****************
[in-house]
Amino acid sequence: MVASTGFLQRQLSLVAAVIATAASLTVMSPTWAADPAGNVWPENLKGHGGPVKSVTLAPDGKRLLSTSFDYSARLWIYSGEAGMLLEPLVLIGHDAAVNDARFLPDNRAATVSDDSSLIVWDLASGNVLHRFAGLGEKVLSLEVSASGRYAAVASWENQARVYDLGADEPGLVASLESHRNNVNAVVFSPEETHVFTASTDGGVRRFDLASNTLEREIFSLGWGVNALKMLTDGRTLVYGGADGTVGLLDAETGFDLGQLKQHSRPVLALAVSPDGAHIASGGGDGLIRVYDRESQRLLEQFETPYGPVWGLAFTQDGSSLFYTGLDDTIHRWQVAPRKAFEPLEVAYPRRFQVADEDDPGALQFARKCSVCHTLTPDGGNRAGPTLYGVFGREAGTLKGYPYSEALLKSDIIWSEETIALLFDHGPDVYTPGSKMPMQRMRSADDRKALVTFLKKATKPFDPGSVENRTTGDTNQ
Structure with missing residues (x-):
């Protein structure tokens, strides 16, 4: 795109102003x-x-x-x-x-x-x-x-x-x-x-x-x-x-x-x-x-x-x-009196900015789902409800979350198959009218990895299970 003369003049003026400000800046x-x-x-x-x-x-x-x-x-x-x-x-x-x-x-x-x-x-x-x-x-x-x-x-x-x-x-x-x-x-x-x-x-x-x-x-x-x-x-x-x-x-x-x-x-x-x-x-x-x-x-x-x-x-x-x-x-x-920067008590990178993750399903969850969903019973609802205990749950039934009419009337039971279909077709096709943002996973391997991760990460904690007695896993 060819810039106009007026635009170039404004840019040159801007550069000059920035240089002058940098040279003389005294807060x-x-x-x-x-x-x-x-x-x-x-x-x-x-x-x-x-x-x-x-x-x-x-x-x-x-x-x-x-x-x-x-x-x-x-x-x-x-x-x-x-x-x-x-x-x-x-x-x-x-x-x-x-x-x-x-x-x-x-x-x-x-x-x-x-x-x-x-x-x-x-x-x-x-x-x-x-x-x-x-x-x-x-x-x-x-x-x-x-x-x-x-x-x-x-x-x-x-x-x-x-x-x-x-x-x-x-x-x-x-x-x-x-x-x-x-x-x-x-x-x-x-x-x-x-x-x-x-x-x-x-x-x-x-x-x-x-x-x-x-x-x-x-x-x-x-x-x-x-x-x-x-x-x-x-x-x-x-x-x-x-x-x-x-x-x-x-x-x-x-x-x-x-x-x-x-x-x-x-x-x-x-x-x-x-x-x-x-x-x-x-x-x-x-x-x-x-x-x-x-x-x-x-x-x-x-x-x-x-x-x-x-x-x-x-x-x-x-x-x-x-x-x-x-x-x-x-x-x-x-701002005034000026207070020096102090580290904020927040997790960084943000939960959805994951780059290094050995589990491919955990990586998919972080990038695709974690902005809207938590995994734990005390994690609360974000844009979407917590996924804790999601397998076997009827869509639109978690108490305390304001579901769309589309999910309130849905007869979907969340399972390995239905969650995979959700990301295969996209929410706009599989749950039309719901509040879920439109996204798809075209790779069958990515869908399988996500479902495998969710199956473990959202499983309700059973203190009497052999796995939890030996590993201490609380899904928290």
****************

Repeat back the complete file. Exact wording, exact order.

[in-house]
Amino acid sequence: MVASTGFLQRQLSLVAAVIATAASLTVMSPTWAADPAGNVWPENLKGHGGPVKSVTLAPDGKRLLSTSFDYSARLWIYSGEAGMLLEPLVLIGHDAAVNDARFLPDNRAATVSDDSSLIVWDLASGNVLHRFAGLGEKVLSLEVSASGRYAAVASWENQARVYDLGADEPGLVASLESHRNNVNAVVFSPEETHVFTASTDGGVRRFDLASNTLEREIFSLGWGVNALKMLTDGRTLVYGGADGTVGLLDAETGFDLGQLKQHSRPVLALAVSPDGAHIASGGGDGLIRVYDRESQRLLEQFETPYGPVWGLAFTQDGSSLFYTGLDDTIHRWQVAPRKAFEPLEVAYPRRFQVADEDDPGALQFARKCSVCHTLTPDGGNRAGPTLYGVFGREAGTLKGYPYSEALLKSDIIWSEETIALLFDHGPDVYTPGSKMPMQRMRSADDRKALVTFLKKATKPFDPGSVENRTTGDTNQ
Structure with missing residues (x-):
């Protein structure tokens, strides 16, 4: 795109102003x-x-x-x-x-x-x-x-x-x-x-x-x-x-x-x-x-x-x-009196900015789902409800979350198959009218990895299970 003369003049003026400000800046x-x-x-x-x-x-x-x-x-x-x-x-x-x-x-x-x-x-x-x-x-x-x-x-x-x-x-x-x-x-x-x-x-x-x-x-x-x-x-x-x-x-x-x-x-x-x-x-x-x-x-x-x-x-x-x-x-x-920067008590990178993750399903969850969903019973609802205990749950039934009419009337039971279909077709096709943002996973391997991760990460904690007695896993 060819810039106009007026635009170039404004840019040159801007550069000059920035240089002058940098040279003389005294807060x-x-x-x-x-x-x-x-x-x-x-x-x-x-x-x-x-x-x-x-x-x-x-x-x-x-x-x-x-x-x-x-x-x-x-x-x-x-x-x-x-x-x-x-x-x-x-x-x-x-x-x-x-x-x-x-x-x-x-x-x-x-x-x-x-x-x-x-x-x-x-x-x-x-x-x-x-x-x-x-x-x-x-x-x-x-x-x-x-x-x-x-x-x-x-x-x-x-x-x-x-x-x-x-x-x-x-x-x-x-x-x-x-x-x-x-x-x-x-x-x-x-x-x-x-x-x-x-x-x-x-x-x-x-x-x-x-x-x-x-x-x-x-x-x-x-x-x-x-x-x-x-x-x-x-x-x-x-x-x-x-x-x-x-x-x-x-x-x-x-x-x-x-x-x-x-x-x-x-x-x-x-x-x-x-x-x-x-x-x-x-x-x-x-x-x-x-x-x-x-x-x-x-x-x-x-x-x-x-x-x-x-x-x-x-x-x-x-x-x-x-x-x-x-x-x-x-x-x-x-701002005034000026207070020096102090580290904020927040997790960084943000939960959805994951780059290094050995589990491919955990990586998919972080990038695709974690902005809207938590995994734990005390994690609360974000844009979407917590996924804790999601397998076997009827869509639109978690108490305390304001579901769309589309999910309130849905007869979907969340399972390995239905969650995979959700990301295969996209929410706009599989749950039309719901509040879920439109996204798809075209790779069958990515869908399988996500479902495998969710199956473990959202499983309700059973203190009497052999796995939890030996590993201490609380899904928290």